There are casual fans of the Star Wars movies, and then there are those for which Star Wars is more than a film franchise — it’s a way of life. Whether you fall into one camp or the other, chances are pretty good that you want to watch them all more than once.
If you own the films on Blu-ray or UHD Blu-ray, this isn’t a problem, but what if you prefer your movies not to take up any space in your living room? There was a time when it was difficult to watch anything with Star Wars in its name online, but things have changed, and now it’s possible to watch all the Star Wars you could want using a TV and your internet connection. Let’s run through your options.
(Note: These recommendations are for U.S. residents. International availability varies by region.)
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Streaming via subscription
Disney has its own streaming service, Disney+, that launched in November 2019 and has already become the streaming destination for all things Star Wars.
The original trilogy, prequel trilogy, and the first two installments of the sequel trilogy can all be found on Disney’s streaming hub, along with spinoff film Rogue One and multiple Star Wars specials and documentaries. Basically, it’s one-stop shopping for Star Wars fans, with only Solo: A Star Wars Story, a few made-for-TV movies, and the latest film, Star Wars: The Rise of Skywalker, missing from the service. (The Rise of Skywalker will be available May 4 — yes, Star Wars Day — on Disney+, while Solo will join the streaming service on July 9.)
The library of Star Wars titles on Disney+ is just as comprehensive on the TV side, too.
Popular animated series Star Wars: The Clone Wars, Star Wars: Rebels, and Star Wars: Resistance are available in their entirety on the service, as well as some lesser-known shows. Disney also has several new, live-action series available or in development for Disney+, including the first season of The Mandalorian and upcoming shows based on Obi-Wan Kenobi and Rebel spy Cassian Andor from Rogue One.
It would be great if we could all just log into our Netflix accounts and queue up our favorite Star Wars films. Unfortunately (for Netflix subscribers), Disney/Lucasfilm knows how valuable the franchise is, and has made Disney+ the sci-fi saga’s streaming home.
As far as major streaming platforms go, that’s about it. Sadly, none of the Star Wars films are available via subscriptions to Hulu, Amazon Instant Video, or Sling TV.
If you’re a cable or satellite customer, there’s another option for watching the animated series Star Wars Resistance and Star Wars: Galaxy of Adventures. Head over to Disney’s XD page, sign in with your cable or satellite provider (assuming you pay for a package that gets the XD channel), and you’ll be able to watch some (but not all) episodes of both shows.
Now that we’ve covered all of the (limited) options for streaming Star Wars content, let’s move on to the most feasible method: Just buying it. If you’re a big fan, purchasing the films digitally isn’t such a bad idea — if you’re going to watch them every year or so, the investment will eventually pay off. Some of the films and TV series are available to rent, but not all of them.
That said, the Movies Anywhere initiative allows users to watch any Disney films purchased digitally from one platform, regardless of where you buy them. It’s a cool program for library consolidation purposes, though we expect that if you’re buying one movie from Amazon, you probably buy most movies from Amazon. Still, with Microsoft joining Movies Anywhere, it means you can buy from any of the sites below, with the exception of YouTube, and watch wherever you want.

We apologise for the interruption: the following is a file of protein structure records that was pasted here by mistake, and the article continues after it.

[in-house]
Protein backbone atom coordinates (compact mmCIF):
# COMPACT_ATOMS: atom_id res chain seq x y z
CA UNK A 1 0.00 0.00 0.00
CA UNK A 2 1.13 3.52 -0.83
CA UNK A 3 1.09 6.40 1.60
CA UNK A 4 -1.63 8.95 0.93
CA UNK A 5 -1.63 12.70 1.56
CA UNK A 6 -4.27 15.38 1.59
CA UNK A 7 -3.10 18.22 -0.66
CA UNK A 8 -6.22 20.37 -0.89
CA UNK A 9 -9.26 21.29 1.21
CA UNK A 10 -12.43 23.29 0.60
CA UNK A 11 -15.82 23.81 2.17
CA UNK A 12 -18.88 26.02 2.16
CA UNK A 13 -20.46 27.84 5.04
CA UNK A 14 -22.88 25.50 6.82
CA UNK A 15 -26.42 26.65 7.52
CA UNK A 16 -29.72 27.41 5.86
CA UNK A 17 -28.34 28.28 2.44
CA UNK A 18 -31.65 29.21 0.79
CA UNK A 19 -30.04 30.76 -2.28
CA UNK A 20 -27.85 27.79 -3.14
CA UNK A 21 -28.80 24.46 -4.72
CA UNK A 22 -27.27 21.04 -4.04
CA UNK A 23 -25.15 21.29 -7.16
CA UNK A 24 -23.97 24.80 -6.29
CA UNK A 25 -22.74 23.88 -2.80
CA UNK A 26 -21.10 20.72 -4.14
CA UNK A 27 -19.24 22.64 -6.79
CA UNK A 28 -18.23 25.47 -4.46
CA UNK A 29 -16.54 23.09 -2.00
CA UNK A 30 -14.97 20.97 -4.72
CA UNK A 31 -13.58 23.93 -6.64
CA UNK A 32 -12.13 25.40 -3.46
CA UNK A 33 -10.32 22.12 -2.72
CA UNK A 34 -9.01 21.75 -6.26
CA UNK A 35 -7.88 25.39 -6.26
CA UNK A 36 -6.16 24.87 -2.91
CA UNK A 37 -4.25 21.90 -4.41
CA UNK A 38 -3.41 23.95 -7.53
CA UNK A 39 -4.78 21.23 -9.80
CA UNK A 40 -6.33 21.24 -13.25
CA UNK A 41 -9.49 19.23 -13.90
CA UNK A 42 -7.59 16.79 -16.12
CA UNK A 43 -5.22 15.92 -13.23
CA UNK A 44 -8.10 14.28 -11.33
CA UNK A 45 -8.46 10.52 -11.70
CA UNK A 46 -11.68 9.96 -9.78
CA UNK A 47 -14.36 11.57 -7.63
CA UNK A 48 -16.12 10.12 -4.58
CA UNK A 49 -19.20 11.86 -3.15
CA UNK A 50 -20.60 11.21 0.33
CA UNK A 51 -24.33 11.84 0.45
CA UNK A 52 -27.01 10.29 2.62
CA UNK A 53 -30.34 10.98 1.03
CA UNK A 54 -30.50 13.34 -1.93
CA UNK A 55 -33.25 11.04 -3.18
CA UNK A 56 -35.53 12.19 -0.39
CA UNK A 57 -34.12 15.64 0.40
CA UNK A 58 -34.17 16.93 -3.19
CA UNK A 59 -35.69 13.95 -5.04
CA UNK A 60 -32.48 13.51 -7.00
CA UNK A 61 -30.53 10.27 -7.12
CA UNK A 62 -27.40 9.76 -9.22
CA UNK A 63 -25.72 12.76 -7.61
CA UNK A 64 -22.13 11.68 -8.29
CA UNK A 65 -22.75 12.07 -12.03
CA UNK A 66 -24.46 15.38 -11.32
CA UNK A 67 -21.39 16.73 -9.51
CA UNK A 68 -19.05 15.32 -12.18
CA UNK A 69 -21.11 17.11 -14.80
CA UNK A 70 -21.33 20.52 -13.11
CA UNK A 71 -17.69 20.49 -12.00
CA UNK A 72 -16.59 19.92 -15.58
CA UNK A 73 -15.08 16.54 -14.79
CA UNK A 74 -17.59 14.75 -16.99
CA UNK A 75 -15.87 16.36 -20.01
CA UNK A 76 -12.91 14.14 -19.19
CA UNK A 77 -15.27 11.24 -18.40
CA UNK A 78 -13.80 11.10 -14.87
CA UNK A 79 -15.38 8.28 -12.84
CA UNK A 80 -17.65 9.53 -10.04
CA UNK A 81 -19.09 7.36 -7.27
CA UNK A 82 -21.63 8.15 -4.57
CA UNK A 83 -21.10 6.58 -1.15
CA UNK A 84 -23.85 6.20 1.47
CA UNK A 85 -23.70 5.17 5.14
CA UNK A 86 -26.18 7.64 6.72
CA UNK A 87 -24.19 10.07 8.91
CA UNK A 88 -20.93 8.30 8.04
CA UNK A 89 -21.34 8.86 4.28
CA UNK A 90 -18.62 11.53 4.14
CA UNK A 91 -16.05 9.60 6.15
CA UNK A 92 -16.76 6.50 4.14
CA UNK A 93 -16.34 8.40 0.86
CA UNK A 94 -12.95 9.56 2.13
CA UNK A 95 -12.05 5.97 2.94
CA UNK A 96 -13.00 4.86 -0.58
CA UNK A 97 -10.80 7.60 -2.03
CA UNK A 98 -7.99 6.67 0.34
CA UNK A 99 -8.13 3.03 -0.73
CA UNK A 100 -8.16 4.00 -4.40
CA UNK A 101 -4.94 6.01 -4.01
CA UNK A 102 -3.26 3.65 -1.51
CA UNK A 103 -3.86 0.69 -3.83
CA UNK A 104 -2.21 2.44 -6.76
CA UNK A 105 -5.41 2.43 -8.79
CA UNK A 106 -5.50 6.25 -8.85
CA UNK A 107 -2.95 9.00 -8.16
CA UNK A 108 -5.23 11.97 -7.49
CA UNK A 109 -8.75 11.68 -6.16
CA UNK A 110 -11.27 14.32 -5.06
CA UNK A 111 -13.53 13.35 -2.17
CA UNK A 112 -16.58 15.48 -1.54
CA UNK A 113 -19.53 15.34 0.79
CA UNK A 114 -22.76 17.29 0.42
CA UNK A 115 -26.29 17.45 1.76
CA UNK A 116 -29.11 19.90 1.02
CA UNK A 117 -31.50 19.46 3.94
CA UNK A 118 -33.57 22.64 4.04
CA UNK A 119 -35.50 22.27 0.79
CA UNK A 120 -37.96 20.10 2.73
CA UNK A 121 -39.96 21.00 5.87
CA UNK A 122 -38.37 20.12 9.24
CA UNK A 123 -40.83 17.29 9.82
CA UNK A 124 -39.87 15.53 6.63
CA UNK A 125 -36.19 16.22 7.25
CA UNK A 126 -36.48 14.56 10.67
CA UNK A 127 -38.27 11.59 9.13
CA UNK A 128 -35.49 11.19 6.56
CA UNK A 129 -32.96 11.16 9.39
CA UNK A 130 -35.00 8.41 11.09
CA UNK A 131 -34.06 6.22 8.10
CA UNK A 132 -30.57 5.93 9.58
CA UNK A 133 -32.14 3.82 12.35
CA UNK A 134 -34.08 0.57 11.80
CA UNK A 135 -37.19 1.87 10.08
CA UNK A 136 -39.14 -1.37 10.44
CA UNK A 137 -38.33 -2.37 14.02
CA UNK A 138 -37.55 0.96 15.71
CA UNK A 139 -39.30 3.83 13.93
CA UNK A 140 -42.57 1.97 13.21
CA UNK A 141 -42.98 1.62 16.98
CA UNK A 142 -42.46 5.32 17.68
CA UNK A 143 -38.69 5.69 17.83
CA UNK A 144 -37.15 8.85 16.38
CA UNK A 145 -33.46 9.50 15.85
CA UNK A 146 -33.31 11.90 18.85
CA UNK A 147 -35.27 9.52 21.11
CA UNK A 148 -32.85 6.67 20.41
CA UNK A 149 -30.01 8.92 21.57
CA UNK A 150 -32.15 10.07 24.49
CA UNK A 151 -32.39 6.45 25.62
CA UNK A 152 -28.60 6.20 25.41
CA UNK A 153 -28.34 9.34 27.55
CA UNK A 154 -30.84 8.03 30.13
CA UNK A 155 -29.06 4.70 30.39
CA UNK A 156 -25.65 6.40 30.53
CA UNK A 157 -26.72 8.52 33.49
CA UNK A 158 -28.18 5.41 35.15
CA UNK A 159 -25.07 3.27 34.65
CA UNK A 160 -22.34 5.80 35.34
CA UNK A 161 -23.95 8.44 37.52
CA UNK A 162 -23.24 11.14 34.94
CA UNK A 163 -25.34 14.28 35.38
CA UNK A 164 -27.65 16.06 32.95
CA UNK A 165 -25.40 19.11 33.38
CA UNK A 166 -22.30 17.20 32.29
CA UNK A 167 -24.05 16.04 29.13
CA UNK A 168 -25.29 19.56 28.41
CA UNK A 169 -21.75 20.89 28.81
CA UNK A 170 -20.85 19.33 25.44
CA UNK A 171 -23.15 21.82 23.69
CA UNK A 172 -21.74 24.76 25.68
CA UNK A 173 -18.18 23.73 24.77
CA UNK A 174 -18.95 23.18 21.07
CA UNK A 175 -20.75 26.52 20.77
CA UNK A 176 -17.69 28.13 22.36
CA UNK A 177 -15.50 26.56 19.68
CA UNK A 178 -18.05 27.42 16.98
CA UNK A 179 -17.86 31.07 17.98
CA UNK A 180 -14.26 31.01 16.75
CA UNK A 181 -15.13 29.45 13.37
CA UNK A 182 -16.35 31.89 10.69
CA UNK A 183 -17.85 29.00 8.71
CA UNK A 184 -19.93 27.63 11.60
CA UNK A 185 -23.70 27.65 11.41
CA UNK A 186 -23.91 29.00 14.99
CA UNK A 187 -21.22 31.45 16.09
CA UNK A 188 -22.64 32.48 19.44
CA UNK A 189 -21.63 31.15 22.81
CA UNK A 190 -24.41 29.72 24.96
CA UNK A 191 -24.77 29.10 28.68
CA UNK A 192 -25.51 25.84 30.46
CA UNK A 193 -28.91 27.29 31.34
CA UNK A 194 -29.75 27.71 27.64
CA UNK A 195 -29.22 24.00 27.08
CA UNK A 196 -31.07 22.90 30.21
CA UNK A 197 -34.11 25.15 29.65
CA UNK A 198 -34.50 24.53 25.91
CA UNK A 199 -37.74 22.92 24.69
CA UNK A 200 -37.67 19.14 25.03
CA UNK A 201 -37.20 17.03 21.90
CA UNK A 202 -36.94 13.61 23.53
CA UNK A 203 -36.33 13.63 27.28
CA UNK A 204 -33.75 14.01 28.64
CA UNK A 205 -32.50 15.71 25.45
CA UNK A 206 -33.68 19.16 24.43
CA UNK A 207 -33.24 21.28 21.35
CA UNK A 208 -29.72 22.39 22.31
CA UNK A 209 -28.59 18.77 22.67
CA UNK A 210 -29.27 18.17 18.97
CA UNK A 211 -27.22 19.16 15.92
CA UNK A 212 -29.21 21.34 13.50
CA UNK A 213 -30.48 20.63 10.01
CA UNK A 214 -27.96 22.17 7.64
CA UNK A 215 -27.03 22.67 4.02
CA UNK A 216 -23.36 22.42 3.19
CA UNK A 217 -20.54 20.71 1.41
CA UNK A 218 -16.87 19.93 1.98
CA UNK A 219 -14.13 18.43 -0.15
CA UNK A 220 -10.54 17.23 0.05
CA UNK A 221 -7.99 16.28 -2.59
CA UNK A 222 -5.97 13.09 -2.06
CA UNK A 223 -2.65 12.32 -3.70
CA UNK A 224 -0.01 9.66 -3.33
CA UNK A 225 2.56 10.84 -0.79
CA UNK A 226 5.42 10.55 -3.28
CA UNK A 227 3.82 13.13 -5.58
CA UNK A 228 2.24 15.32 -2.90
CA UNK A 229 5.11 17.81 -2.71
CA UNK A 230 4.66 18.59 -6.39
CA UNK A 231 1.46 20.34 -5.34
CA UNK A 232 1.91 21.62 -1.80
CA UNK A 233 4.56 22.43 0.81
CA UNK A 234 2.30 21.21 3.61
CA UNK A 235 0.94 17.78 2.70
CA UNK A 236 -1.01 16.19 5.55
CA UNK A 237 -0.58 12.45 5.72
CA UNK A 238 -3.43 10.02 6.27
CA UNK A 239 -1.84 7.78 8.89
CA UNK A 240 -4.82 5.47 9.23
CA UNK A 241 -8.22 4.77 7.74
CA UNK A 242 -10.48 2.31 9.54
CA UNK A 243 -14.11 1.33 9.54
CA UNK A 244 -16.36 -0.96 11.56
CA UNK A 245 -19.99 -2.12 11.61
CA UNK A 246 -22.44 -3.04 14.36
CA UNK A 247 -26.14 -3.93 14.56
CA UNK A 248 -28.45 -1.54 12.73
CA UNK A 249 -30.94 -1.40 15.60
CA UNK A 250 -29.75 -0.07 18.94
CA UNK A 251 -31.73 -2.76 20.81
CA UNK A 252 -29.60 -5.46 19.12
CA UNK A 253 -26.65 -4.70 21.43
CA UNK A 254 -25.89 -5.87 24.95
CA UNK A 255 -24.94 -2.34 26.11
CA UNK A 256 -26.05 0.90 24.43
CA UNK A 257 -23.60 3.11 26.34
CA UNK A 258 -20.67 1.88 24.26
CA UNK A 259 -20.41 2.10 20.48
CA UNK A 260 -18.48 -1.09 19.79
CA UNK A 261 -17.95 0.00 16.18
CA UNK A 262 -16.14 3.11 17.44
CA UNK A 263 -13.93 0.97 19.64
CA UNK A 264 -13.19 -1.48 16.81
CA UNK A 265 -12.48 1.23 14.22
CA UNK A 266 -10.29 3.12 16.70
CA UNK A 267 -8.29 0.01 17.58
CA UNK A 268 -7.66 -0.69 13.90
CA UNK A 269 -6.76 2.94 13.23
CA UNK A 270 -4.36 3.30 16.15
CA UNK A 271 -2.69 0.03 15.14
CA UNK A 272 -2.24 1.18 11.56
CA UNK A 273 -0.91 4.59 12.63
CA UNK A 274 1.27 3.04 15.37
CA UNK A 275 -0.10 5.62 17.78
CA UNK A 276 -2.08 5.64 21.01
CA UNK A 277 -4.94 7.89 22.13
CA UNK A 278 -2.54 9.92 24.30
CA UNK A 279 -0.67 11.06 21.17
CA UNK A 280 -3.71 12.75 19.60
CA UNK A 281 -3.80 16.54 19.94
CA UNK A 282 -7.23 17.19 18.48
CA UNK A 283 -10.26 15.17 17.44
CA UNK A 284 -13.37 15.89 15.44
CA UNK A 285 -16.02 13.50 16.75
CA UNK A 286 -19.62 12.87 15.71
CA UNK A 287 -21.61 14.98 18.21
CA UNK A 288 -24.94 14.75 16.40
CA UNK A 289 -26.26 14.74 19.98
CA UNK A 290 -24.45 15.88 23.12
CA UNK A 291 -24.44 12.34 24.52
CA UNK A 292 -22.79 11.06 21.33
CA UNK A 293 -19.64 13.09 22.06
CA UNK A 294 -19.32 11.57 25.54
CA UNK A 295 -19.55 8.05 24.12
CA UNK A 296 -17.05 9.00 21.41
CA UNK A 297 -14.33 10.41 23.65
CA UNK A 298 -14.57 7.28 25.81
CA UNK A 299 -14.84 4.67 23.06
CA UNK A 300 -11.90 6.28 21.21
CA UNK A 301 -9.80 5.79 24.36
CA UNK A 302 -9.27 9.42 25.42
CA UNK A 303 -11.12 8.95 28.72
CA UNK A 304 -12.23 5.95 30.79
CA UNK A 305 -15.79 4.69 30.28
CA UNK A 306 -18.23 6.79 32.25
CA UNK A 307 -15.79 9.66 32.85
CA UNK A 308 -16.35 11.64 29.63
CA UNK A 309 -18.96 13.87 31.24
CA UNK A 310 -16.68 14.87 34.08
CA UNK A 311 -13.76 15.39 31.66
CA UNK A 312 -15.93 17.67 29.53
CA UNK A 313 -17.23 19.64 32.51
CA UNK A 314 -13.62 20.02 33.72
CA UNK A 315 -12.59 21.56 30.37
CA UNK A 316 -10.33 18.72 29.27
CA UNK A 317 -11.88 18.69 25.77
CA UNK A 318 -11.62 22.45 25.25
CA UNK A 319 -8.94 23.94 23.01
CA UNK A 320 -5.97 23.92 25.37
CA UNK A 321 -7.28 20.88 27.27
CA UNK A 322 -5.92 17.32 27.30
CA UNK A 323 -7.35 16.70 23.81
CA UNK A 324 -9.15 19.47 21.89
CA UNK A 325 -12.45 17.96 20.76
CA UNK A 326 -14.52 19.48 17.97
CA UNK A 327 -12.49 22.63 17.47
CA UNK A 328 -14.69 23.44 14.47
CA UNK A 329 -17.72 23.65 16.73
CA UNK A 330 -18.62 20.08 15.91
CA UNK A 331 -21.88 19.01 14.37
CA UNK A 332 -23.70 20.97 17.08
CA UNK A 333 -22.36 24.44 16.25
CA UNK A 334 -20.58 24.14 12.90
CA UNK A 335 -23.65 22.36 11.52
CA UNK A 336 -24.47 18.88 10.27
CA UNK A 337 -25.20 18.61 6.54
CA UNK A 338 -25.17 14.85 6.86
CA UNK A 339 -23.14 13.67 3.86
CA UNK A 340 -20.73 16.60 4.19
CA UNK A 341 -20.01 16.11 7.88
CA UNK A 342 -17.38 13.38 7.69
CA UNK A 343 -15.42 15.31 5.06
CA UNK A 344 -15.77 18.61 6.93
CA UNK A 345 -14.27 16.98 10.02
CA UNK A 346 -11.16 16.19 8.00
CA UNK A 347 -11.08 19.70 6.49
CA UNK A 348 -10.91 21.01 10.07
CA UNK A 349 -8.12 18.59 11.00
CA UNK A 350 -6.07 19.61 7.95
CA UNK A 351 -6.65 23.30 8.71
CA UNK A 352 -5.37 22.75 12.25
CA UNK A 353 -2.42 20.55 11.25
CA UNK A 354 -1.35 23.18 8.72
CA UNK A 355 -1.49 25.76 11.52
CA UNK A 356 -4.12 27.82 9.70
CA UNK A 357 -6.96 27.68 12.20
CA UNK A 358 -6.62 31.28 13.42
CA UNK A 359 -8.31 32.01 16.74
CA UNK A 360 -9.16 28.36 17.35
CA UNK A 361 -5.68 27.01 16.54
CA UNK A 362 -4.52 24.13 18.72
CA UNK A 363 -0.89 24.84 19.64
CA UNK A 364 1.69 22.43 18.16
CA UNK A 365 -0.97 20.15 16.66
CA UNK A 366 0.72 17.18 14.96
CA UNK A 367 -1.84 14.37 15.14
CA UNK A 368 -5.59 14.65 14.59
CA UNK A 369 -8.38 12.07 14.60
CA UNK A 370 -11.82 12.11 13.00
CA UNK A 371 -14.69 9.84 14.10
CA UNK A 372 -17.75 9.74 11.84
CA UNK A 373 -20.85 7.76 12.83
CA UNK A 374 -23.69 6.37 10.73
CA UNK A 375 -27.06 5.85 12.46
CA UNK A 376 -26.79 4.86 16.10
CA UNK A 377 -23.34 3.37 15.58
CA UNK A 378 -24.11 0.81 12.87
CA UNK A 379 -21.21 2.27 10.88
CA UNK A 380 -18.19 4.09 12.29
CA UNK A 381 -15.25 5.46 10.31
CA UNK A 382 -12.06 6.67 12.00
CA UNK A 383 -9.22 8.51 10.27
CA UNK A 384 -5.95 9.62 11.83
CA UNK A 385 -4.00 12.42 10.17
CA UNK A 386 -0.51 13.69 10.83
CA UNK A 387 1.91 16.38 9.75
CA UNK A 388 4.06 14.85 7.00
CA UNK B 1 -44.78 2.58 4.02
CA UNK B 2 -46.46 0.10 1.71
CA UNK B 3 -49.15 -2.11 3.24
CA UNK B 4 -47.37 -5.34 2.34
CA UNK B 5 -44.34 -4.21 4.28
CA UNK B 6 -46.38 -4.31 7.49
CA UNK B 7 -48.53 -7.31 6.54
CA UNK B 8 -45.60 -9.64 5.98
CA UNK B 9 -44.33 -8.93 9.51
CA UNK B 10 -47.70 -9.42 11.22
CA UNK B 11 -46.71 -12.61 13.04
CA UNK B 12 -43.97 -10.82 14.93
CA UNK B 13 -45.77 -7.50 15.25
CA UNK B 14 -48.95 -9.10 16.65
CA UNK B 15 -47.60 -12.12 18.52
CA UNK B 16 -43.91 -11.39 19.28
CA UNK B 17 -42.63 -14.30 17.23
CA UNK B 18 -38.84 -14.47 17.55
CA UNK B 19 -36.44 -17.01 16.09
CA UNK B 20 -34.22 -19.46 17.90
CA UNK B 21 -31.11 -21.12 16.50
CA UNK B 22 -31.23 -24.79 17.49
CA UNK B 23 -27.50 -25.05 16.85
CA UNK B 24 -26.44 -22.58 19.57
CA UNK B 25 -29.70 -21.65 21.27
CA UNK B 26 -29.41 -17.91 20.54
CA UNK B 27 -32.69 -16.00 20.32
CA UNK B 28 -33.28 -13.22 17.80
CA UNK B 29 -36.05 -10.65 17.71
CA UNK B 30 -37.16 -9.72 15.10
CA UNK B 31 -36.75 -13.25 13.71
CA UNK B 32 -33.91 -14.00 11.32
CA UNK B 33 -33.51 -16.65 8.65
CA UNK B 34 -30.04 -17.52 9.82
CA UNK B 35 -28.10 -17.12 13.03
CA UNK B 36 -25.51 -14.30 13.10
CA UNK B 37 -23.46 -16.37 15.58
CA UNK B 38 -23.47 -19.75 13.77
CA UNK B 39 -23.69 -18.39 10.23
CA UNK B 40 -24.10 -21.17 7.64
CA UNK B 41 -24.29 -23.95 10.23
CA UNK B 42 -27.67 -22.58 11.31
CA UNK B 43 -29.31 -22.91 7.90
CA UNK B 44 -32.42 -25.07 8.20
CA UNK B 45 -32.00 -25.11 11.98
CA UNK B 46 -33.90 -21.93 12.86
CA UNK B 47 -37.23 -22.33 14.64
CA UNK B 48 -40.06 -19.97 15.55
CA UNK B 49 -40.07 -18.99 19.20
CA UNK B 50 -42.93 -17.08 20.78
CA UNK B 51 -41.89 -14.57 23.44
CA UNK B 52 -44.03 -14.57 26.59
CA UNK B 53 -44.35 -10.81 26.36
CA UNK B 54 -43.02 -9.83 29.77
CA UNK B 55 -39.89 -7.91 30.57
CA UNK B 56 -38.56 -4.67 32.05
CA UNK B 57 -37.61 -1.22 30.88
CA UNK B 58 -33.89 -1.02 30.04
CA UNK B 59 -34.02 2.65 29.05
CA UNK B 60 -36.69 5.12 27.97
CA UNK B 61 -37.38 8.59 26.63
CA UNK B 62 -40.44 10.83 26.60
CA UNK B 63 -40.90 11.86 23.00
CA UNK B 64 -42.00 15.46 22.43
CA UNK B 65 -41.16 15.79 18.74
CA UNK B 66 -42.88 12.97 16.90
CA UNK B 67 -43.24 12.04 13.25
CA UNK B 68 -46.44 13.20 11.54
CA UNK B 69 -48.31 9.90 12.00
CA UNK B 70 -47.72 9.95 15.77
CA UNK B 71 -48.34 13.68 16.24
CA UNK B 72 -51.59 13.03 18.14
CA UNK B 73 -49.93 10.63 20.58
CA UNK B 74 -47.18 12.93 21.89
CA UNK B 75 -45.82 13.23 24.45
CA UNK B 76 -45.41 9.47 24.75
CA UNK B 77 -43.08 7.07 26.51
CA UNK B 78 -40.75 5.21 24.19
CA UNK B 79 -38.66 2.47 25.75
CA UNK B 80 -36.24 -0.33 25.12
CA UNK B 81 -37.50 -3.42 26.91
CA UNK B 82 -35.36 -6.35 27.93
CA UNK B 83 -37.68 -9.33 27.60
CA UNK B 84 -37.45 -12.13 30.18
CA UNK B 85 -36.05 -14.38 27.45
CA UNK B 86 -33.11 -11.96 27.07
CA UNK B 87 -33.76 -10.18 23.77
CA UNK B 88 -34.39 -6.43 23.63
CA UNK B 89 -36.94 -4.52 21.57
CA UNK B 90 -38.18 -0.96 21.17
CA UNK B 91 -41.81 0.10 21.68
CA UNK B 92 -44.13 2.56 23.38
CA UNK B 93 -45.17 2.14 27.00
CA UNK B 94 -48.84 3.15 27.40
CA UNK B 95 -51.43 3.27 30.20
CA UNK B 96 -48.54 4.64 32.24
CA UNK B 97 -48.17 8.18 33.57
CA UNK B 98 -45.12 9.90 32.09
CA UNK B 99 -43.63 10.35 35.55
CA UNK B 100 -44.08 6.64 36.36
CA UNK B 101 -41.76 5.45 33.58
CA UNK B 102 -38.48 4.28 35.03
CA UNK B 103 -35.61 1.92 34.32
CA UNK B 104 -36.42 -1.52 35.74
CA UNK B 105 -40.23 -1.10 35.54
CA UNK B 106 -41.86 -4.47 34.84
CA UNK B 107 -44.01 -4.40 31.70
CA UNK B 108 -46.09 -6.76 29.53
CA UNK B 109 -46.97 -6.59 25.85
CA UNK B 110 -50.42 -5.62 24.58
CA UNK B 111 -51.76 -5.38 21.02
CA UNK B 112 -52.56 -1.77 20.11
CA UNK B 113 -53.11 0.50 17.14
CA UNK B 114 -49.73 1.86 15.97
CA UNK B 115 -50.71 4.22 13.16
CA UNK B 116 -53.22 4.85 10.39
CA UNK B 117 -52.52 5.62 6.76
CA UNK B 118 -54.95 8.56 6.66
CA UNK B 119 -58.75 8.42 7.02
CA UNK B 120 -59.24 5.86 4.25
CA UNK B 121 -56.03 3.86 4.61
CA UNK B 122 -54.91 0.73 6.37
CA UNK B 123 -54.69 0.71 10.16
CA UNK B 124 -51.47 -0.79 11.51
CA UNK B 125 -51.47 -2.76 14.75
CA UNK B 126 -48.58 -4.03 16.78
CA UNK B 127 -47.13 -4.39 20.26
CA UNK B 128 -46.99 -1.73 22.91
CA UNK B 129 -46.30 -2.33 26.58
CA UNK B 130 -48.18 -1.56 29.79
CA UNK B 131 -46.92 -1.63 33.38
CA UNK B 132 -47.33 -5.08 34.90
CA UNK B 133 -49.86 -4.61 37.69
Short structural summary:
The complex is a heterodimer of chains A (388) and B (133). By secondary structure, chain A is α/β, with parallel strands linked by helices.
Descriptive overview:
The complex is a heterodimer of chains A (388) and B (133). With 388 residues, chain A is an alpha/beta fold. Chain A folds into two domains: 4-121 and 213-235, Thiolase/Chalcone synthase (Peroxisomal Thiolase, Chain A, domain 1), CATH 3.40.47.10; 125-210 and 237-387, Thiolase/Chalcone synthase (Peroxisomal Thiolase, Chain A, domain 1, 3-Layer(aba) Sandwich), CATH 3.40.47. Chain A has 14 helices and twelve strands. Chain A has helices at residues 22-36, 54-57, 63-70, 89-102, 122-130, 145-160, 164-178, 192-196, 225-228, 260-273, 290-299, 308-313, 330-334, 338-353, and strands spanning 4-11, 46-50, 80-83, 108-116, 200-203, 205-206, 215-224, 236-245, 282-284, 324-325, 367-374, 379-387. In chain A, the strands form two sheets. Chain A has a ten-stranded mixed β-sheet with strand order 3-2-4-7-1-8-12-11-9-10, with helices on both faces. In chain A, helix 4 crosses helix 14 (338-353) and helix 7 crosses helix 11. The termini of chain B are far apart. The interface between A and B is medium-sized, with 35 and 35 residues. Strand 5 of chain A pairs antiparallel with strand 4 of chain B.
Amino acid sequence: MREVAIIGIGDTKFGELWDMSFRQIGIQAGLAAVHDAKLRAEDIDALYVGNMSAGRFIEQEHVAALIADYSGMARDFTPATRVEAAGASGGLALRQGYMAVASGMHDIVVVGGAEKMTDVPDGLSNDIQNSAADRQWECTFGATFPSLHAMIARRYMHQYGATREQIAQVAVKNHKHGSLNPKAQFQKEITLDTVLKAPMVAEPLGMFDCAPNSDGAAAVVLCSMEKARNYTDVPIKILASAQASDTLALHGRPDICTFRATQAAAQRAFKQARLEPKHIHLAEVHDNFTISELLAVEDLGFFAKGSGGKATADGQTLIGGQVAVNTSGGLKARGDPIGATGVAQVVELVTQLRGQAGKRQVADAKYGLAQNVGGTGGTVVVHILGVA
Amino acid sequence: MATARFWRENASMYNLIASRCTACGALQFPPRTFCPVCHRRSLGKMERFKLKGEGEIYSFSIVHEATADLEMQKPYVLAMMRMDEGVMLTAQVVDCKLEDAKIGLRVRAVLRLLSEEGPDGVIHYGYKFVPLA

Amazon is the first place most people go to buy stuff online, and it’s a fine choice for Star Wars fans, too.
Each of the nine feature-length films is available for digital purchase; pricing for HD purchases ranges from $15 to $20, depending which movie you want and which version you want (bonus content, etc.). Full seasons and individual episodes of, , and are also available to purchase.
YouTube’s Movies section also offers all the official Star Wars content for purchase. You can also rent some Star Wars films from YouTube — unfortunately, that only includes Episode VII, Episode VIII, Rogue One, and Solo for between $4 and $6. Otherwise, you’ll have to take the plunge and buy. As with Amazon, pricing varies between $15 and $20.
If you want to watch Rebels, YouTube is a good place to get it — the whole series is available for purchase, either by season or by episode. High-definition is a bit more expensive, as you might expect. Clone Wars is also here, as is the first season of Resistance.
Like Amazon and YouTube, Google has all the movies for you to buy — in HD, they’re all between $15 and $20 — plus the option to rent Rogue One, The Force Awakens, The Last Jedi, and Solo. Rebels is also here — all four seasons — for $3 per episode, or you can buy full seasons for slight discounts. The same goes for Clone Wars and Resistance.
Just like the other options above, you can buy all the movies via iTunes, as well as Clone Wars, Rebels, and Resistance, or you can rent one of the four newest films. Not all the content is available in standard definition, though.
As you’ve probably surmised by now, most of the options here are fairly similar — it simply depends on which ecosystem you prefer to invest in. Microsoft’s store is actually a bit more limited; none of the animated series are available here, though all the films are priced similar to the choices mentioned above. Microsoft also has a six-film bundle that includes Episode I through Episode VI for $90, which is $30 cheaper than buying them all individually.
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